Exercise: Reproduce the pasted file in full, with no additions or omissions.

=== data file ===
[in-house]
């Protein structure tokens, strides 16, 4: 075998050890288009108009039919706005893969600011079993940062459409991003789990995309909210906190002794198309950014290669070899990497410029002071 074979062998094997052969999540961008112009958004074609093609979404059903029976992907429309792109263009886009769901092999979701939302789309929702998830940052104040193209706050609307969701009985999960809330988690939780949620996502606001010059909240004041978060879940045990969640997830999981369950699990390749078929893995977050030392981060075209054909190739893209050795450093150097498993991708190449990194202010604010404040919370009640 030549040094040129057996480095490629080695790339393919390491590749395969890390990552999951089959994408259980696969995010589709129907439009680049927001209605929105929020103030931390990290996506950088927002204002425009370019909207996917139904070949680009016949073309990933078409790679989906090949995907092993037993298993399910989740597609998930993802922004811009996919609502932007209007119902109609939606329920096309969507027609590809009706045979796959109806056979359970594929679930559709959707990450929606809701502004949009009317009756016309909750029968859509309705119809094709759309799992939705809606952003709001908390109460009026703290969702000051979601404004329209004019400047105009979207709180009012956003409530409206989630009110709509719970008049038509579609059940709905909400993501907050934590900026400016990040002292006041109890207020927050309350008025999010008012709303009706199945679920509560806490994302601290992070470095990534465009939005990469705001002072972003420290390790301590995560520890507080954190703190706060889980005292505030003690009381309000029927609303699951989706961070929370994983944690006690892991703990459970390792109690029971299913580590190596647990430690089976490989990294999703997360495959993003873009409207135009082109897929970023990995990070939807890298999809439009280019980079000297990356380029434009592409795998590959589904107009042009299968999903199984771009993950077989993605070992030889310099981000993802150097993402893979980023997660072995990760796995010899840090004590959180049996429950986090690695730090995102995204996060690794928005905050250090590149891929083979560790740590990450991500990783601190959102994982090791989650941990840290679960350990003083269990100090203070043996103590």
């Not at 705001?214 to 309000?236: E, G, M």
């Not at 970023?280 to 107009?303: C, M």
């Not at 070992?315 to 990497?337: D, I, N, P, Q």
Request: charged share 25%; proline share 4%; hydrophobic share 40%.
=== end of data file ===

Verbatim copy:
[in-house]
């Protein structure tokens, strides 16, 4: 075998050890288009108009039919706005893969600011079993940062459409991003789990995309909210906190002794198309950014290669070899990497410029002071 074979062998094997052969999540961008112009958004074609093609979404059903029976992907429309792109263009886009769901092999979701939302789309929702998830940052104040193209706050609307969701009985999960809330988690939780949620996502606001010059909240004041978060879940045990969640997830999981369950699990390749078929893995977050030392981060075209054909190739893209050795450093150097498993991708190449990194202010604010404040919370009640 030549040094040129057996480095490629080695790339393919390491590749395969890390990552999951089959994408259980696969995010589709129907439009680049927001209605929105929020103030931390990290996506950088927002204002425009370019909207996917139904070949680009016949073309990933078409790679989906090949995907092993037993298993399910989740597609998930993802922004811009996919609502932007209007119902109609939606329920096309969507027609590809009706045979796959109806056979359970594929679930559709959707990450929606809701502004949009009317009756016309909750029968859509309705119809094709759309799992939705809606952003709001908390109460009026703290969702000051979601404004329209004019400047105009979207709180009012956003409530409206989630009110709509719970008049038509579609059940709905909400993501907050934590900026400016990040002292006041109890207020927050309350008025999010008012709303009706199945679920509560806490994302601290992070470095990534465009939005990469705001002072972003420290390790301590995560520890507080954190703190706060889980005292505030003690009381309000029927609303699951989706961070929370994983944690006690892991703990459970390792109690029971299913580590190596647990430690089976490989990294999703997360495959993003873009409207135009082109897929970023990995990070939807890298999809439009280019980079000297990356380029434009592409795998590959589904107009042009299968999903199984771009993950077989993605070992030889310099981000993802150097993402893979980023997660072995990760796995010899840090004590959180049996429950986090690695730090995102995204996060690794928005905050250090590149891929083979560790740590990450991500990783601190959102994982090791989650941990840290679960350990003083269990100090203070043996103590």
């Not at 705001?214 to 309000?236: E, G, M």
């Not at 970023?280 to 107009?303: C, M």
């Not at 070992?315 to 990497?337: D, I, N, P, Q």
Request: charged share 25%; proline share 4%; hydrophobic share 40%.